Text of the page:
The large stimulus packages announced by G7 governments to support the economy during COVID-19 have led to massive deficits and debts for all nations. As a result, with the vaccine roll-out continuing at a rapid pace and economies slowly returning to normal, governments will be looking to increase corporate taxes in the next few years to make up budget shortfalls.


Government stimulus across the G7 has led to the combined Debt to GDP Ratio being at an all-time high.


Despite headline perception, corporate taxes in G7 countries have been declining over the last 20 years. The notable outlier has been the U.S. which in 2017 significantly reduced corporate taxes from 35% to 21%. Note falling corporate tax rates globally mean that individual taxpayers are carrying the bigger burden in terms of funding government revenues.

Recently, increasing corporate taxes have been recommended by the Boris Johnson (from 19% to 25%) and Joe Biden (from 21% to 28%) administrations. The Biden administration announced a US$2 trillion infrastructure spending plan focused on rebuilding roads, highways, bridges, replacing diesel transit buses and building a national network of 50,000 electric vehicle charging locations. The U.S. infrastructure plan would be funded over 15 years through higher corporate taxes and increasing the global minimum tax for multinational corporations from 11% to 21%.

Another tax problem G7 countries
have been struggling with is tax leakage.


Multinational corporations use tax arbitrage strategies, such as establishing transfer pricing agreements between subsidiaries, depending on where their global operations are based. This problem is not new, but its negative impact has grown significantly. This being due to the increase in size and number of technology companies with subsidiaries that hold their intellectual property in low tax jurisdictions, thereby avoiding the full tax rate at home.


Global technology companies such as Google, Facebook, Netflix etc., were already on the radar screen to be subjected to stricter regulations, due to their monopoly-like powers. Not to mention their practice of repackaging media content from traditional providers without cost to the end-user. Since March 2020, these regulatory issues were placed on the back burner as G7 governments focused on containing COVID-19, and providing financial support programs to individuals and corporations to dampen the recessionary impact.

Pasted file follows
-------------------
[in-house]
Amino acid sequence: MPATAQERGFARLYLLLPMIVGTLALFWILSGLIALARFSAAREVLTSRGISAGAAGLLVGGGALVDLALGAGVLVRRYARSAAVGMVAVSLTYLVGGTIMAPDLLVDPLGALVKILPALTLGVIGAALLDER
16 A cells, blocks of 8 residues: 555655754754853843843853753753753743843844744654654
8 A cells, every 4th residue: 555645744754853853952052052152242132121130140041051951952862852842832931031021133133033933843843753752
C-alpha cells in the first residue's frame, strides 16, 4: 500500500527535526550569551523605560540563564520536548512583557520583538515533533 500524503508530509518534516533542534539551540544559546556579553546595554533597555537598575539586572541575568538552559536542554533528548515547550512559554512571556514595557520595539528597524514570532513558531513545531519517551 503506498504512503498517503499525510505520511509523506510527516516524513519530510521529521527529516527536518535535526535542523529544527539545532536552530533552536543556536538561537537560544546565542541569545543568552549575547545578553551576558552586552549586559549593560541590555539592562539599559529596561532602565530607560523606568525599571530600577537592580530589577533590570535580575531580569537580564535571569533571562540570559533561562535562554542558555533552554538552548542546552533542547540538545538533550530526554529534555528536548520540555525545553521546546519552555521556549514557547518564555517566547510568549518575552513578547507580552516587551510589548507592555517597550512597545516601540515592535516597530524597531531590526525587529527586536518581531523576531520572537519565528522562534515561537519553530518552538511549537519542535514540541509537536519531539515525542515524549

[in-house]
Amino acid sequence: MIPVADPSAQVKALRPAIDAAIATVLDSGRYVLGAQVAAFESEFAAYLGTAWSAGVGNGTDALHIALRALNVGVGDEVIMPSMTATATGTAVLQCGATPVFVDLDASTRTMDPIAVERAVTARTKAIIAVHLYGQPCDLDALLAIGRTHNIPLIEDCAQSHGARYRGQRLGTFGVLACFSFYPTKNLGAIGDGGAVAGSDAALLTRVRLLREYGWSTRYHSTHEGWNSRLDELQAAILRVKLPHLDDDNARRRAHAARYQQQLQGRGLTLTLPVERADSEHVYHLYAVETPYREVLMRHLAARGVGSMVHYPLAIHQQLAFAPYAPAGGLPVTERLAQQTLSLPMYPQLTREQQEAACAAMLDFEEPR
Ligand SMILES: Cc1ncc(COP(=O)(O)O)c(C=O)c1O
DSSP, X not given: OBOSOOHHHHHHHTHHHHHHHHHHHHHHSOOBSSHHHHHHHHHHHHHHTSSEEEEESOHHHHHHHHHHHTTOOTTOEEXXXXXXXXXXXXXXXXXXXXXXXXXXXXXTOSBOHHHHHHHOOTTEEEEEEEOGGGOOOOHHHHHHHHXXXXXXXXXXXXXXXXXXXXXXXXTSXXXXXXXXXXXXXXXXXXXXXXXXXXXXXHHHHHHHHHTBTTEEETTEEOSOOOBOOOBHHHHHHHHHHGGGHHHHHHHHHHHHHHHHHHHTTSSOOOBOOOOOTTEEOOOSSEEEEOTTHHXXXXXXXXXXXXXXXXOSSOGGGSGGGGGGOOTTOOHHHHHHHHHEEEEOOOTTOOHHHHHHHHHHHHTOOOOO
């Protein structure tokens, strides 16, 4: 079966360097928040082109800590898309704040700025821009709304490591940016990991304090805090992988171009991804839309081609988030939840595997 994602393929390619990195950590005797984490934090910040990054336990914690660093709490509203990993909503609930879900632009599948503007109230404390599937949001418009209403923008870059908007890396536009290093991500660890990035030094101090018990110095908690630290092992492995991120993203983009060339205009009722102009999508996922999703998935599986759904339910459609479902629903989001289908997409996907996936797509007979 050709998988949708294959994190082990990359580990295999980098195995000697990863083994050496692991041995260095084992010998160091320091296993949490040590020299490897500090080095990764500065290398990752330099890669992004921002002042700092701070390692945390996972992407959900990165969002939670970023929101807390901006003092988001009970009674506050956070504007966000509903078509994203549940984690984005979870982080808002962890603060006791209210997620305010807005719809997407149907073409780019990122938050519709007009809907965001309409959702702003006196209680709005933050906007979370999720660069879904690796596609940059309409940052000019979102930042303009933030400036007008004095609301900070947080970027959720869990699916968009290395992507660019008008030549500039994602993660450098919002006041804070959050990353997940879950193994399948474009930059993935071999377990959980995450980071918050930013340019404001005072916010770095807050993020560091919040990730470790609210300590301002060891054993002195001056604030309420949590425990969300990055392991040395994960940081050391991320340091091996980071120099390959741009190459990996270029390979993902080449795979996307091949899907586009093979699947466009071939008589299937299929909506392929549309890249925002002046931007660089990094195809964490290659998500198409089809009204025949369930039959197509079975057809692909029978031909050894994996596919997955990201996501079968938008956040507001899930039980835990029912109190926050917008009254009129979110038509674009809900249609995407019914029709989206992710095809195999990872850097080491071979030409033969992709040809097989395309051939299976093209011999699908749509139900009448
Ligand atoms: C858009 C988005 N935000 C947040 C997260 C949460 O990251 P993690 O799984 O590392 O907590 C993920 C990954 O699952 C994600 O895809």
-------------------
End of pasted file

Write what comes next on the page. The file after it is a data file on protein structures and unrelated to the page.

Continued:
These large technology companies have been the main benefactors of the COVID-19 economy, through higher revenues, earnings, and massive increases in stock prices. It’s only natural that G7 governments turn to them for a higher share of the tax burden going forward, and a few countries, including Canada, are contemplating a new Digital Service Tax.

The Bottom Line


What do higher corporate taxes mean for investors? Higher corporate taxes lead to either higher consumer prices or lower corporate earnings in the future. Companies such as Netflix, which have pricing power, will pass along higher taxes to the consumer. Other companies that lack pricing power will try to either increase sales volume or introduce nominal service fees to offset the earnings loss.

Technology companies remain in the hot seat, given their low effective tax rates and monopolistic powers. They will be easy targets for governments looking to generate more tax revenues, with most voters likely supporting the move.


As global asset managers, we focus on both macro and company-specific events to better understand how any positive or negative actions impact our portfolio holdings. However, our investment decisions are driven by several of the underlying fundamental characteristics of the company and not just tax impacts. In addition, although we own several technology companies in the U.S. and Canada, our portfolios are well diversified to absorb any ‘shocks’ to one specific sector.

If you are overweight in technology companies or unsure about the resilience of your portfolio, please reach out for some feedback.


Anil Tahiliani

Anil Tahiliani, MBA, CFA
Vice President & Portfolio Manager

Local: +1-403-539-5085



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